Tue, Aug 01, 2006 - Page 12 News List

Taipei 101 operator considering REIT

By Amber Chung  /  STAFF REPORTER

Consumers may soon not only be able to visit Taipei 101, but also own part of the world's tallest skyscraper. The Taipei Financial Center Corp (TFCC, 台北金融大樓公司) which operates the building said yesterday that it was considering securitizing the complex.

"We are in an early stage of evaluating the possibility of issuing real estate securitization products backed by our complex," TFCC's assistant vice president Michael Liu (劉家豪) said in a phone interview yesterday.

This is a mid-to-long-term plan that could materialize three years from now at the earliest, Liu said.

The Chinese-language Economic Daily News reported yesterday that the company was thinking about issuing the real estate investment trust (REIT) product backed by a package of the Taipei 101 office building, the adjacent shopping mall and the observatory, citing TFCC chairwoman Diana Chen (陳敏薰).

It could become the world's largest-scale property securitization product backed by a single complex if the plan comes to fruition, according to the report.

The strategy aims to further strengthen the branding of Taipei 101 worldwide through the issuance of such a massive REIT, in view of its uniqueness as the tallest building in the world, Liu said.

Considering single branding, TFCC would not securitize the already fully occupied shopping mall before the half vacant office building. As a result, the whole batch of the securitization product could amount to tens of billions of NT dollars, he added.

The occupancy rate of the Taipei 101 office building is about 60 percent. The company hopes to boost the rate to 70 percent to 80 percent by the year's end after concluding talks with several groups of interested foreign financial institution clients, Liu said.

Fixed-income property securitization products that bring an average 4 percent return to investors have been a popular novel derivative in the local market and have often attracted excess subscription amid a volatile stock market and low interest rate environment in recent years.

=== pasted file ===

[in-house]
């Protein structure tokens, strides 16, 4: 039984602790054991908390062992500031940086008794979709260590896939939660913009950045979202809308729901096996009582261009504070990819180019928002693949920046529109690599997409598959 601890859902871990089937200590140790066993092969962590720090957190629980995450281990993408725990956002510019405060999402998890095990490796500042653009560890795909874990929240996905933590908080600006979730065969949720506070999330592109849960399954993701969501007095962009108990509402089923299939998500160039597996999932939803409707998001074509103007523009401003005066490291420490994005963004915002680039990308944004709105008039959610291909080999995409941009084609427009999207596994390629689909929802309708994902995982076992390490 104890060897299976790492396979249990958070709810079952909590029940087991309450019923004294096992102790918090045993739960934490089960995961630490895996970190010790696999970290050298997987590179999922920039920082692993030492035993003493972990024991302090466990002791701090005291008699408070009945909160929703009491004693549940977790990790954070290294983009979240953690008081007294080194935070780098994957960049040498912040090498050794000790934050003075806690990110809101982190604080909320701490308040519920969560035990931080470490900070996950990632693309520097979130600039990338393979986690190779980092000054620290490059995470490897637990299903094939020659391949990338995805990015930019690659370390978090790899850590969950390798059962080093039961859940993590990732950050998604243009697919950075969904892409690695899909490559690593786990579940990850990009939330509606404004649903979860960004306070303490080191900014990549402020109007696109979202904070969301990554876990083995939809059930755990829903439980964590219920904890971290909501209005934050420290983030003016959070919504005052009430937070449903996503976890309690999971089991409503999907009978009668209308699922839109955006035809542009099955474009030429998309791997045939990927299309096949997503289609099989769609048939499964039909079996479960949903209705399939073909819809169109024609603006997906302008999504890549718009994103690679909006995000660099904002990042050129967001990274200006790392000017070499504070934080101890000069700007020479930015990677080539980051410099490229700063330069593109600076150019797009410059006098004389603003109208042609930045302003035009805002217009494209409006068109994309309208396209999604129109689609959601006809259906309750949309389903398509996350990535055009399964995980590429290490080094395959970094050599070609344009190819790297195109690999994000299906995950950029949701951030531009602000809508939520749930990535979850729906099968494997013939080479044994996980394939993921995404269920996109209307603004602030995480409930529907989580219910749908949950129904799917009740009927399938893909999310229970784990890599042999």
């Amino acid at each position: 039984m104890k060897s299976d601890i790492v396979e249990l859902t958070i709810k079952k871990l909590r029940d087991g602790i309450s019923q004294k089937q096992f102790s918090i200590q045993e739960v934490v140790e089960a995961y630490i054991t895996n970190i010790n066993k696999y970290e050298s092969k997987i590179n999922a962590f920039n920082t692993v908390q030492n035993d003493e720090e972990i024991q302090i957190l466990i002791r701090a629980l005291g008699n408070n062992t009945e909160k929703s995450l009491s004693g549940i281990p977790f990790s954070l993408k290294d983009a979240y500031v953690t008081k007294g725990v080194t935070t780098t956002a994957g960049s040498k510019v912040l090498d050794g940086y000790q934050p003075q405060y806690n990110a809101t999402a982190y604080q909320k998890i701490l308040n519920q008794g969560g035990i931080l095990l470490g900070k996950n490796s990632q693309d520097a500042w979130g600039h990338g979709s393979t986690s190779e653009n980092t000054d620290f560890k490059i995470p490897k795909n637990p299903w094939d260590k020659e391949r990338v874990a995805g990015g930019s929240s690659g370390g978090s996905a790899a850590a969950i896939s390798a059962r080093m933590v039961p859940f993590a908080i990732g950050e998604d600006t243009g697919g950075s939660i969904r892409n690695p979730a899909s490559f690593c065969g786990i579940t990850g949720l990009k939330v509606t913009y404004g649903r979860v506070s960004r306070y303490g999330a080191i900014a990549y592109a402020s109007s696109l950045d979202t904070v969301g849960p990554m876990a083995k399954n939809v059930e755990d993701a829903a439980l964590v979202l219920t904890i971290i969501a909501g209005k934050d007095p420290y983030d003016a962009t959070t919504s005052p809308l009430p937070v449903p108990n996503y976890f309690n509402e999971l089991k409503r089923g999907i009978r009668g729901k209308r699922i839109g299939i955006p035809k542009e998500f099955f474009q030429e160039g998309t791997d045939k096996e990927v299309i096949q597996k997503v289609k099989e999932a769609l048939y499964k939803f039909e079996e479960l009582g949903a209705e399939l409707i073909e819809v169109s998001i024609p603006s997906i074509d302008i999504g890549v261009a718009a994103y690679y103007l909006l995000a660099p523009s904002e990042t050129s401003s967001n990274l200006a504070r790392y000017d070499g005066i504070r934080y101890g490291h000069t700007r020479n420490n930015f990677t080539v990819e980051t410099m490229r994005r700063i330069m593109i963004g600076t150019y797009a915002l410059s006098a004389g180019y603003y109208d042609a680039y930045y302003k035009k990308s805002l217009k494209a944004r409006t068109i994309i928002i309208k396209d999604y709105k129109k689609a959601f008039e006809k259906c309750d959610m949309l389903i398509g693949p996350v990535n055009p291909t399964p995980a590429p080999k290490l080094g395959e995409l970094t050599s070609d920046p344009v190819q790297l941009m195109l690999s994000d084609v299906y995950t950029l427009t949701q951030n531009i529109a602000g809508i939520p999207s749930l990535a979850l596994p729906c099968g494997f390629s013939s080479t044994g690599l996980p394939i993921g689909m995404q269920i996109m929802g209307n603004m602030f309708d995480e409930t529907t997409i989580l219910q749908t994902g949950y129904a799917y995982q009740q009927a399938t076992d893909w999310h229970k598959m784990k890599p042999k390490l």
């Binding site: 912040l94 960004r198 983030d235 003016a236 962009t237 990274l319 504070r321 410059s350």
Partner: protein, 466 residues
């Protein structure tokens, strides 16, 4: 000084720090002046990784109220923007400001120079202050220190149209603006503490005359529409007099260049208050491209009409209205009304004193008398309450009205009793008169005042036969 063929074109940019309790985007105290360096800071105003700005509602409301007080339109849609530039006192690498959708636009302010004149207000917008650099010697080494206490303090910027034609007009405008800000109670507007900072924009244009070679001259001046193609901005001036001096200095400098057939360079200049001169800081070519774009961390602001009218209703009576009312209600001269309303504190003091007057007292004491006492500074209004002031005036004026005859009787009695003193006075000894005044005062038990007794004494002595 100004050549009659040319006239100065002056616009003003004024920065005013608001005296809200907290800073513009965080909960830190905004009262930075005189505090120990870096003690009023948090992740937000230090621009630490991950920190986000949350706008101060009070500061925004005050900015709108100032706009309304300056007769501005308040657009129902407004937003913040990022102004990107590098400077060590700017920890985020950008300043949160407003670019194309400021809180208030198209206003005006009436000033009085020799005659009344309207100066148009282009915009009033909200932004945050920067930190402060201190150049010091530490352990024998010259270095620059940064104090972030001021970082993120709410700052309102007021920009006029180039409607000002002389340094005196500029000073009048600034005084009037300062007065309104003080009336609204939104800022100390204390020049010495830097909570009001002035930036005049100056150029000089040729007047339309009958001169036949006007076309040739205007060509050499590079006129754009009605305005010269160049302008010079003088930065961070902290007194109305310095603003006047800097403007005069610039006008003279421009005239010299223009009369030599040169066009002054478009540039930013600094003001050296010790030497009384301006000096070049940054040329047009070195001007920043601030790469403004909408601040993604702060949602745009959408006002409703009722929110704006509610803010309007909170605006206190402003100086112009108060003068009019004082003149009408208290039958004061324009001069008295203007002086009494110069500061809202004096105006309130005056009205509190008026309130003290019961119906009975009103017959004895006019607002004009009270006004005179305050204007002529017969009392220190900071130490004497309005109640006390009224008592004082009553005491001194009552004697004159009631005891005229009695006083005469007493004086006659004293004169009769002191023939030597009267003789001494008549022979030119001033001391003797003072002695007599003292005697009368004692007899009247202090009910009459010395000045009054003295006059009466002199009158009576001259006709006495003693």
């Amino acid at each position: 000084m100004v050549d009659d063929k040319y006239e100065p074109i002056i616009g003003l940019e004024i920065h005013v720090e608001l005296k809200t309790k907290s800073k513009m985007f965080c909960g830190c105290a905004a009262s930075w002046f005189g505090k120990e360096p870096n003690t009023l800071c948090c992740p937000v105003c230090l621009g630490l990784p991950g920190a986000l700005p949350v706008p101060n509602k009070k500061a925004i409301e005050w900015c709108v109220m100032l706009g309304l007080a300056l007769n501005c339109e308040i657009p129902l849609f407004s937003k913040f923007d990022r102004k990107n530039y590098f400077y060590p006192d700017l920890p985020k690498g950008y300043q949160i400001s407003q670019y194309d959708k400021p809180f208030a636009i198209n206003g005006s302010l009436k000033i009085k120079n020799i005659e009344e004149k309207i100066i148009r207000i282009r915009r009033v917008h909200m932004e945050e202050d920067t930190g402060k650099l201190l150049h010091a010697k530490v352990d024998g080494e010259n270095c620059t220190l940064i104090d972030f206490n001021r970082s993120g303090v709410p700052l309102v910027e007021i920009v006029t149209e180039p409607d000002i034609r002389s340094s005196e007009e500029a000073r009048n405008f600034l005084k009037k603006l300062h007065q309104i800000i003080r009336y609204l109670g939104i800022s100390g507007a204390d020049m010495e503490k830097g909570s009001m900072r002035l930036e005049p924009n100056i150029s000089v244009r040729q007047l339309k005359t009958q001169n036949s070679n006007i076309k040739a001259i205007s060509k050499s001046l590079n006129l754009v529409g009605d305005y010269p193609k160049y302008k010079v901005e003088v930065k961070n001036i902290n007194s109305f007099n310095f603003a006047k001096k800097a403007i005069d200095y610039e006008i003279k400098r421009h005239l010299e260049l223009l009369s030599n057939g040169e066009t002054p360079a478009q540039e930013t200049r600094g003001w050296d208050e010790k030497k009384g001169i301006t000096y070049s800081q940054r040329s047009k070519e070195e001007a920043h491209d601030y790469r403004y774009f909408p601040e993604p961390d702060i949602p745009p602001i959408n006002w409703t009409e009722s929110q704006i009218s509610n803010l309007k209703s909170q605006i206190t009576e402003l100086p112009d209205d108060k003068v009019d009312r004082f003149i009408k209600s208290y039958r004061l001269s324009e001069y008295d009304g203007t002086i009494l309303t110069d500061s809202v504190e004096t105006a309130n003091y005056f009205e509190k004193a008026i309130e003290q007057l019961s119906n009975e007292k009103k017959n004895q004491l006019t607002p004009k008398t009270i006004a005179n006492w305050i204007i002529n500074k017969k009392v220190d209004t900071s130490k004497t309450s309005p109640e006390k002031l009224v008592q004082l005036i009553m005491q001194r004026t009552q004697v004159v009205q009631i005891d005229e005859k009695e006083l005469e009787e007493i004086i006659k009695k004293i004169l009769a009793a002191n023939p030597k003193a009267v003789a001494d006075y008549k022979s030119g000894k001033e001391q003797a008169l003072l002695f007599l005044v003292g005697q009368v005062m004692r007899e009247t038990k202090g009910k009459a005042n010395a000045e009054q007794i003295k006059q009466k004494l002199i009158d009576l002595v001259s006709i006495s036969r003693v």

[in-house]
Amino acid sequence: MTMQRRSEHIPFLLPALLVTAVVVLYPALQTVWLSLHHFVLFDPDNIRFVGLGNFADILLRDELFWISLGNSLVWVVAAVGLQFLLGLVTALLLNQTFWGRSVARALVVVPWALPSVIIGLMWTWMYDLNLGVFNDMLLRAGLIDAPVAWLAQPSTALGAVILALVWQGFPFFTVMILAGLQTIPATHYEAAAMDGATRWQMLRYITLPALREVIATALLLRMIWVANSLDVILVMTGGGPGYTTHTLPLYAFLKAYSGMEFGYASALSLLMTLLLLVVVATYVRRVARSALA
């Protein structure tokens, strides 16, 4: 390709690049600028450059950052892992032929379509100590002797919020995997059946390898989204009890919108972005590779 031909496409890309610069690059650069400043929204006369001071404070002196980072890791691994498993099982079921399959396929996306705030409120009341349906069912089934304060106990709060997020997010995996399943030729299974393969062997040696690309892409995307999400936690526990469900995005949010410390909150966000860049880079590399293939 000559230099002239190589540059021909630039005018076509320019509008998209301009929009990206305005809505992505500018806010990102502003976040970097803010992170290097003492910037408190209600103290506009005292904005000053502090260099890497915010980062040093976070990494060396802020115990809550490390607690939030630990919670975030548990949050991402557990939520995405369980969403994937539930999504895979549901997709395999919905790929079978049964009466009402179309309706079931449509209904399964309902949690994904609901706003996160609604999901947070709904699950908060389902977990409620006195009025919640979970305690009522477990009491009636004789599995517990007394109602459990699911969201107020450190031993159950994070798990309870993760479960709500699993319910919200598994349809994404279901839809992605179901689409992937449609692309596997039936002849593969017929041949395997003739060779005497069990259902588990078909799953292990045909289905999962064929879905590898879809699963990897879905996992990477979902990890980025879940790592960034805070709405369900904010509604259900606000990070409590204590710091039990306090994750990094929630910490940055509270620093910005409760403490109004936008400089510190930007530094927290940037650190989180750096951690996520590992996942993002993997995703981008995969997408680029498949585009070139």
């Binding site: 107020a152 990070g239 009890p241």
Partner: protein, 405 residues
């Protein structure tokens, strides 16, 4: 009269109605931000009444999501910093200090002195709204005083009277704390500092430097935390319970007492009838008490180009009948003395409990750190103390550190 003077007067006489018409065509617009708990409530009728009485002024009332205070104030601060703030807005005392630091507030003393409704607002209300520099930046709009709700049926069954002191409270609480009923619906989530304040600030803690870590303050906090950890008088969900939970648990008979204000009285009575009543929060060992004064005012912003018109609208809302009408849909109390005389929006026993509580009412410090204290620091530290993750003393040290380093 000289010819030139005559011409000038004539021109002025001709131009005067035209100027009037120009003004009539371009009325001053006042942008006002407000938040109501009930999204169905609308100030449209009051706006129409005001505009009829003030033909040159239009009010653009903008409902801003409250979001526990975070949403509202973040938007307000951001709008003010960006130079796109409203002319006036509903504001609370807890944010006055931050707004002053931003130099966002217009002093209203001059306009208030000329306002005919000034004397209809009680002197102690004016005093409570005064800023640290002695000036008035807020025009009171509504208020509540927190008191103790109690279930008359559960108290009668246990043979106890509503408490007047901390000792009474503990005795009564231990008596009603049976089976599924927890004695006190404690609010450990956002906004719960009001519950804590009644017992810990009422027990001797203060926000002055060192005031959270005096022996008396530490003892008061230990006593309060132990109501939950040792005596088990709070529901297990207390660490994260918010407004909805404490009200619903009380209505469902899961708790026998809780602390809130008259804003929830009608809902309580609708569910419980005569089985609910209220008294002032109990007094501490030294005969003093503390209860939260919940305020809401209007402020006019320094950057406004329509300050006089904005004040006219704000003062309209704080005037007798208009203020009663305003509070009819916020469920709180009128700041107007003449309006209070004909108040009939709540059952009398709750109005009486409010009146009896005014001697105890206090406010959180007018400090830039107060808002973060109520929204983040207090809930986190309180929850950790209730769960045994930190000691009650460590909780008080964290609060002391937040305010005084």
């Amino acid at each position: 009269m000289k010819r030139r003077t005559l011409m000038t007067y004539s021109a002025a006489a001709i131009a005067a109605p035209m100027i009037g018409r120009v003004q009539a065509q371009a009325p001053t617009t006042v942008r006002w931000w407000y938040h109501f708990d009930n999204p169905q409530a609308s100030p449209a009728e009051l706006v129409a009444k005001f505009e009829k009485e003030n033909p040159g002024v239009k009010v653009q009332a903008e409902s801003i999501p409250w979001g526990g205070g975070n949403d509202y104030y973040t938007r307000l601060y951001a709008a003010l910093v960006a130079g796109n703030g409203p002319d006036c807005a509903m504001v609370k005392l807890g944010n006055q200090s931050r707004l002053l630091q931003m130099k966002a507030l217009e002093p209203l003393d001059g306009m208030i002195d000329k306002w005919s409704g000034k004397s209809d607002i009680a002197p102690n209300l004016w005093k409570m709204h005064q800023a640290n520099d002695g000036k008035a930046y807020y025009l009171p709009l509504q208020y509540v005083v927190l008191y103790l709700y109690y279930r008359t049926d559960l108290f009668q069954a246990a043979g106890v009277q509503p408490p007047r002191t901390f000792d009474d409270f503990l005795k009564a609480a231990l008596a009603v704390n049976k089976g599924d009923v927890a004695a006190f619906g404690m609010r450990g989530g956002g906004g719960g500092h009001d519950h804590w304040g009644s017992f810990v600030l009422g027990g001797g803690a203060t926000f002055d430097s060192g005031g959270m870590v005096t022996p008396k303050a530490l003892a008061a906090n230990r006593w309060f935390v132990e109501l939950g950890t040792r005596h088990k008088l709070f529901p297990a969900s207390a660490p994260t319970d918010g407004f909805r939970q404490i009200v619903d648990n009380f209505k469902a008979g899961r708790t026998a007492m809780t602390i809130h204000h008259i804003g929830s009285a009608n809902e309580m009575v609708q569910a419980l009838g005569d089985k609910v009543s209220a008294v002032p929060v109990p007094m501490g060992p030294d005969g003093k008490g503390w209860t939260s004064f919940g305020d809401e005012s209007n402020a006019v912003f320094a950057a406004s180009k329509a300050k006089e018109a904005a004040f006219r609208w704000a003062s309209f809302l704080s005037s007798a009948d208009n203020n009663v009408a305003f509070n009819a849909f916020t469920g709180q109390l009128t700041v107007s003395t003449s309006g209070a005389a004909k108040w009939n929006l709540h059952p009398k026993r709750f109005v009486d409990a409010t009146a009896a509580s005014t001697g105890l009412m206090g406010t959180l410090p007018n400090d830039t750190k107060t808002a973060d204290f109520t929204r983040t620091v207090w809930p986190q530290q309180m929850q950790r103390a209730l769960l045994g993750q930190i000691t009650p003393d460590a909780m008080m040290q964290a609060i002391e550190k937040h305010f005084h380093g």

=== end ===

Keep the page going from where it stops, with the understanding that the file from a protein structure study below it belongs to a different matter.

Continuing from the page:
There have been six batches of such products listed so far since the NT$5.8 billion (US$178 million) Fubon No.1 REIT, the nation's first real estate fund, hit the market early last year. Shin Kong Financial Holding Co's (新光金控) second property fund is in the pipeline and could be rolled out late this year or early next year.

However, to manage the quality of the hot derivative products, the Financial Supervisory Commission tightened requirements last month, including an average occupancy rate exceeding 85 percent over the preceding three years, making the road ahead bumpier for TFCC.

The company also has to become profitable bolstered by ideal occupancy and rental before it can offer a yield of 4 percent to 5 percent that is attractive enough to investors, said Victor Chang (張欣民), director of the research and development division at Sinyi Real Estate Inc (信義房屋).

The skyscraper's owner currently offers a discount of up to 30 percent on its rental rate of NT$3,200 to lure potential tenants, according to Sinyi Real Estate.

"In general, it could take at least another five years, based on the most conservative estimate, before the company's REIT plan materializes," Chang added.

Despite its financial struggles, TFCC so far has no plans to raise more funds from original shareholders or interested foreign investors, Liu said.

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